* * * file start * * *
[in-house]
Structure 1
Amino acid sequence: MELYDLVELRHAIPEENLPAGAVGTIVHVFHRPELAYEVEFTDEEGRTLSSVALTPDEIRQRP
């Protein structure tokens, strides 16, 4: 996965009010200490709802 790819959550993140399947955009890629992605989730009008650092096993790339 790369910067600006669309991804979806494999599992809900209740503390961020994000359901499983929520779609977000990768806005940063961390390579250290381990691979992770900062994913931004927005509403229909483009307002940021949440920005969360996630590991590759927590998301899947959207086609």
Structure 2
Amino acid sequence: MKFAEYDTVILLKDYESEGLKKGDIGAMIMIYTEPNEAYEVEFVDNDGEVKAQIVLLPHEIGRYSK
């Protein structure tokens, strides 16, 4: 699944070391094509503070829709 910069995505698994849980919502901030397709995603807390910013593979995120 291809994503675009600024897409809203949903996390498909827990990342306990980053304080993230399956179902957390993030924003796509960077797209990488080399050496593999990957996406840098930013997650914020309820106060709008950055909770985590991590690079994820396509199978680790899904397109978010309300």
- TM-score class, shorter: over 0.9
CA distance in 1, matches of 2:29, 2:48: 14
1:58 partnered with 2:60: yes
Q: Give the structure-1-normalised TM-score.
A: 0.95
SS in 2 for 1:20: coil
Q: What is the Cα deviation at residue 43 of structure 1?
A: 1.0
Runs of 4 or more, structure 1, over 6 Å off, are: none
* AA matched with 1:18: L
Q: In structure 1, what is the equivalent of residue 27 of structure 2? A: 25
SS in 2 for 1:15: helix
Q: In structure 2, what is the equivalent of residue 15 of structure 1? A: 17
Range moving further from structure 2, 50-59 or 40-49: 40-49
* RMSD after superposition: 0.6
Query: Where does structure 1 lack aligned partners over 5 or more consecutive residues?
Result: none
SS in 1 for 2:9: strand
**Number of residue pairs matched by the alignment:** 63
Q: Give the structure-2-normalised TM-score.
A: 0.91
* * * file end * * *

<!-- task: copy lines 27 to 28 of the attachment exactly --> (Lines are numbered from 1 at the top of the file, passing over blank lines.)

Q: Give the structure-2-normalised TM-score.
A: 0.91